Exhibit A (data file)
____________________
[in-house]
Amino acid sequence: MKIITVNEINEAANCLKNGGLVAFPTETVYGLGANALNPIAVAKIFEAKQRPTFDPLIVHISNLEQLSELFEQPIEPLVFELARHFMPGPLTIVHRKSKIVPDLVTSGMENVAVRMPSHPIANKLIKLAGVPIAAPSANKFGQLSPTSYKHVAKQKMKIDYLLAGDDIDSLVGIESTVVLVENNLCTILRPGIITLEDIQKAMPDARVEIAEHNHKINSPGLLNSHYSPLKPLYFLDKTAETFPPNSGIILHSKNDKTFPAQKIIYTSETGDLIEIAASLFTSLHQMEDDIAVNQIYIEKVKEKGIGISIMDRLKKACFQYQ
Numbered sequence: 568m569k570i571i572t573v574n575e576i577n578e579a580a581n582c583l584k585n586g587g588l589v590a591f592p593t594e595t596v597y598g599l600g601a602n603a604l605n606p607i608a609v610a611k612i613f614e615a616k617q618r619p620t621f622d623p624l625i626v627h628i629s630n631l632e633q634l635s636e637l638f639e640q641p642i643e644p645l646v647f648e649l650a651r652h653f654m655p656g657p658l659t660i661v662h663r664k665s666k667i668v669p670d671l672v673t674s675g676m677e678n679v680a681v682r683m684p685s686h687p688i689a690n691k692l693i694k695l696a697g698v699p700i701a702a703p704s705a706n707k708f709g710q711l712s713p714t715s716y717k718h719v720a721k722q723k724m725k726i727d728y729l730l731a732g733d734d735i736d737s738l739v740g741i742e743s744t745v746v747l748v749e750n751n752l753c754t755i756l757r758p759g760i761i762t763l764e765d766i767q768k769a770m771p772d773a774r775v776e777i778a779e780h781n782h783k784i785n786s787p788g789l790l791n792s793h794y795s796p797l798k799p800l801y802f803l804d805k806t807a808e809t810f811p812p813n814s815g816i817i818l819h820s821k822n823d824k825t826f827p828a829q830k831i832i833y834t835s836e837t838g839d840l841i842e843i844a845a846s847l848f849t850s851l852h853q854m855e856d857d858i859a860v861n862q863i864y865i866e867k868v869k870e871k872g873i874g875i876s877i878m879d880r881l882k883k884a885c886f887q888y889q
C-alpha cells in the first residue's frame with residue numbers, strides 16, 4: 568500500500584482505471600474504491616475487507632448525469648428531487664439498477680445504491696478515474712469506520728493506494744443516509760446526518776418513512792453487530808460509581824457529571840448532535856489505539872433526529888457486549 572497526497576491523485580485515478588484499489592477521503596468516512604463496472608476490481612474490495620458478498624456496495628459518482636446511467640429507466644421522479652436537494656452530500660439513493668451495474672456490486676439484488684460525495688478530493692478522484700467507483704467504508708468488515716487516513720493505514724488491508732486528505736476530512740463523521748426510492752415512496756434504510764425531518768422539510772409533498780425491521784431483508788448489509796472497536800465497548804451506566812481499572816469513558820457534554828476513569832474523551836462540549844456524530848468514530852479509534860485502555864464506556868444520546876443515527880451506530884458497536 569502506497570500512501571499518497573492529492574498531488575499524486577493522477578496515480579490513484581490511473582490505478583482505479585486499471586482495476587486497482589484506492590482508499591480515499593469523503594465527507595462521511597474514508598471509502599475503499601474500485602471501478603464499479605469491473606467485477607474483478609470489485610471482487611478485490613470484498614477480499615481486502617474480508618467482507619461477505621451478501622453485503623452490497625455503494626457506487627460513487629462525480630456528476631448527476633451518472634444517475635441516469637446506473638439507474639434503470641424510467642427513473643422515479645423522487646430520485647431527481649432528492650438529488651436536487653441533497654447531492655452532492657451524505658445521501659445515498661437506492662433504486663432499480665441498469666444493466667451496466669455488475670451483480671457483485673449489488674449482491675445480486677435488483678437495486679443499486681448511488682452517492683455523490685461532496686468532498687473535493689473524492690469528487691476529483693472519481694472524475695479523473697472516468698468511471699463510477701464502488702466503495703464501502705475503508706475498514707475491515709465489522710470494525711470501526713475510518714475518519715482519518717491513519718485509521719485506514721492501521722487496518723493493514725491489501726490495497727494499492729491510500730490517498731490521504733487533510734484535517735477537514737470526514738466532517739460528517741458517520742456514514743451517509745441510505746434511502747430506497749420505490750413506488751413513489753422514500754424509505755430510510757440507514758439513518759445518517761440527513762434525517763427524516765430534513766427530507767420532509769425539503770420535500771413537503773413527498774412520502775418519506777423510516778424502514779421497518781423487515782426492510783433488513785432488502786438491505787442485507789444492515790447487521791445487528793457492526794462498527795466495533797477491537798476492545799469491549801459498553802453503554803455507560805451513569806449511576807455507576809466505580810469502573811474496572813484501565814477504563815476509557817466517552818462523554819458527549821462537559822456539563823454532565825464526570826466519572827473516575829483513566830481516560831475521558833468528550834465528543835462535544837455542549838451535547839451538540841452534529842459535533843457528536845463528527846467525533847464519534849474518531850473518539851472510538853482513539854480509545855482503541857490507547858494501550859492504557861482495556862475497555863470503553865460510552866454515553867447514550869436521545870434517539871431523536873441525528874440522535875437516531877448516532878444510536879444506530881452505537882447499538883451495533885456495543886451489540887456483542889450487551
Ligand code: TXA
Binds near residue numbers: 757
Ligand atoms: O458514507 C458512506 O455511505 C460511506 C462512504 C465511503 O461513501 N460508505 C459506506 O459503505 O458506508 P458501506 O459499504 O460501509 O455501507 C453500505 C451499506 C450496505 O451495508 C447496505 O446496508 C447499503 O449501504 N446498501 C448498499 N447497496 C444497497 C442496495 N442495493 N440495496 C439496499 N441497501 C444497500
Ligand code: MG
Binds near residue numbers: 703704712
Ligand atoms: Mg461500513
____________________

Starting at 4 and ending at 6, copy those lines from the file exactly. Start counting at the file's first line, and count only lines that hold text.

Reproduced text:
C-alpha cells in the first residue's frame with residue numbers, strides 16, 4: 568500500500584482505471600474504491616475487507632448525469648428531487664439498477680445504491696478515474712469506520728493506494744443516509760446526518776418513512792453487530808460509581824457529571840448532535856489505539872433526529888457486549 572497526497576491523485580485515478588484499489592477521503596468516512604463496472608476490481612474490495620458478498624456496495628459518482636446511467640429507466644421522479652436537494656452530500660439513493668451495474672456490486676439484488684460525495688478530493692478522484700467507483704467504508708468488515716487516513720493505514724488491508732486528505736476530512740463523521748426510492752415512496756434504510764425531518768422539510772409533498780425491521784431483508788448489509796472497536800465497548804451506566812481499572816469513558820457534554828476513569832474523551836462540549844456524530848468514530852479509534860485502555864464506556868444520546876443515527880451506530884458497536 569502506497570500512501571499518497573492529492574498531488575499524486577493522477578496515480579490513484581490511473582490505478583482505479585486499471586482495476587486497482589484506492590482508499591480515499593469523503594465527507595462521511597474514508598471509502599475503499601474500485602471501478603464499479605469491473606467485477607474483478609470489485610471482487611478485490613470484498614477480499615481486502617474480508618467482507619461477505621451478501622453485503623452490497625455503494626457506487627460513487629462525480630456528476631448527476633451518472634444517475635441516469637446506473638439507474639434503470641424510467642427513473643422515479645423522487646430520485647431527481649432528492650438529488651436536487653441533497654447531492655452532492657451524505658445521501659445515498661437506492662433504486663432499480665441498469666444493466667451496466669455488475670451483480671457483485673449489488674449482491675445480486677435488483678437495486679443499486681448511488682452517492683455523490685461532496686468532498687473535493689473524492690469528487691476529483693472519481694472524475695479523473697472516468698468511471699463510477701464502488702466503495703464501502705475503508706475498514707475491515709465489522710470494525711470501526713475510518714475518519715482519518717491513519718485509521719485506514721492501521722487496518723493493514725491489501726490495497727494499492729491510500730490517498731490521504733487533510734484535517735477537514737470526514738466532517739460528517741458517520742456514514743451517509745441510505746434511502747430506497749420505490750413506488751413513489753422514500754424509505755430510510757440507514758439513518759445518517761440527513762434525517763427524516765430534513766427530507767420532509769425539503770420535500771413537503773413527498774412520502775418519506777423510516778424502514779421497518781423487515782426492510783433488513785432488502786438491505787442485507789444492515790447487521791445487528793457492526794462498527795466495533797477491537798476492545799469491549801459498553802453503554803455507560805451513569806449511576807455507576809466505580810469502573811474496572813484501565814477504563815476509557817466517552818462523554819458527549821462537559822456539563823454532565825464526570826466519572827473516575829483513566830481516560831475521558833468528550834465528543835462535544837455542549838451535547839451538540841452534529842459535533843457528536845463528527846467525533847464519534849474518531850473518539851472510538853482513539854480509545855482503541857490507547858494501550859492504557861482495556862475497555863470503553865460510552866454515553867447514550869436521545870434517539871431523536873441525528874440522535875437516531877448516532878444510536879444506530881452505537882447499538883451495533885456495543886451489540887456483542889450487551
Ligand code: TXA
Binds near residue numbers: 757